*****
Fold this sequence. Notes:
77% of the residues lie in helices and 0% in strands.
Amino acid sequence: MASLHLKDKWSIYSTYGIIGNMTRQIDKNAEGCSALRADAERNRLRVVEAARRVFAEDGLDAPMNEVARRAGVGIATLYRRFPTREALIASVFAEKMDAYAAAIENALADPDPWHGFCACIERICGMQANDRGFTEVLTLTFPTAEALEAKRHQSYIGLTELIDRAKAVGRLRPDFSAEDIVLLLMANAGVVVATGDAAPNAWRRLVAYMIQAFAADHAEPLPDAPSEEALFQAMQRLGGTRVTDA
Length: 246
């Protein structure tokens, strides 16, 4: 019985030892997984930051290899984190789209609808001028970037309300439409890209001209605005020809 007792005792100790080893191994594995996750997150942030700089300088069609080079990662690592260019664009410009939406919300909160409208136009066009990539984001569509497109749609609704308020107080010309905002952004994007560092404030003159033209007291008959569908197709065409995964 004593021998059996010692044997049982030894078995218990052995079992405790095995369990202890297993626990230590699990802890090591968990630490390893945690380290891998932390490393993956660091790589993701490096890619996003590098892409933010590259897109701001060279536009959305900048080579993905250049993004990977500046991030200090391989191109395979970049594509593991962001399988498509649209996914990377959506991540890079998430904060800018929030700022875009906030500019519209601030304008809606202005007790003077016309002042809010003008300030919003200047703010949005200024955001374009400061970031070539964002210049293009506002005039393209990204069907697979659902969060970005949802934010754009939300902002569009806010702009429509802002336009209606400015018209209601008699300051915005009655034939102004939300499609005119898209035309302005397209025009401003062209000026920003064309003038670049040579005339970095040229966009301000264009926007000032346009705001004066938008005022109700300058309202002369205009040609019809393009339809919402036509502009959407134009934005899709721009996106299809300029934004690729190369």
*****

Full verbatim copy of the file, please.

Fold this sequence. Notes:
77% of the residues lie in helices and 0% in strands.
Amino acid sequence: MASLHLKDKWSIYSTYGIIGNMTRQIDKNAEGCSALRADAERNRLRVVEAARRVFAEDGLDAPMNEVARRAGVGIATLYRRFPTREALIASVFAEKMDAYAAAIENALADPDPWHGFCACIERICGMQANDRGFTEVLTLTFPTAEALEAKRHQSYIGLTELIDRAKAVGRLRPDFSAEDIVLLLMANAGVVVATGDAAPNAWRRLVAYMIQAFAADHAEPLPDAPSEEALFQAMQRLGGTRVTDA
Length: 246
């Protein structure tokens, strides 16, 4: 019985030892997984930051290899984190789209609808001028970037309300439409890209001209605005020809 007792005792100790080893191994594995996750997150942030700089300088069609080079990662690592260019664009410009939406919300909160409208136009066009990539984001569509497109749609609704308020107080010309905002952004994007560092404030003159033209007291008959569908197709065409995964 004593021998059996010692044997049982030894078995218990052995079992405790095995369990202890297993626990230590699990802890090591968990630490390893945690380290891998932390490393993956660091790589993701490096890619996003590098892409933010590259897109701001060279536009959305900048080579993905250049993004990977500046991030200090391989191109395979970049594509593991962001399988498509649209996914990377959506991540890079998430904060800018929030700022875009906030500019519209601030304008809606202005007790003077016309002042809010003008300030919003200047703010949005200024955001374009400061970031070539964002210049293009506002005039393209990204069907697979659902969060970005949802934010754009939300902002569009806010702009429509802002336009209606400015018209209601008699300051915005009655034939102004939300499609005119898209035309302005397209025009401003062209000026920003064309003038670049040579005339970095040229966009301000264009926007000032346009705001004066938008005022109700300058309202002369205009040609019809393009339809919402036509502009959407134009934005899709721009996106299809300029934004690729190369």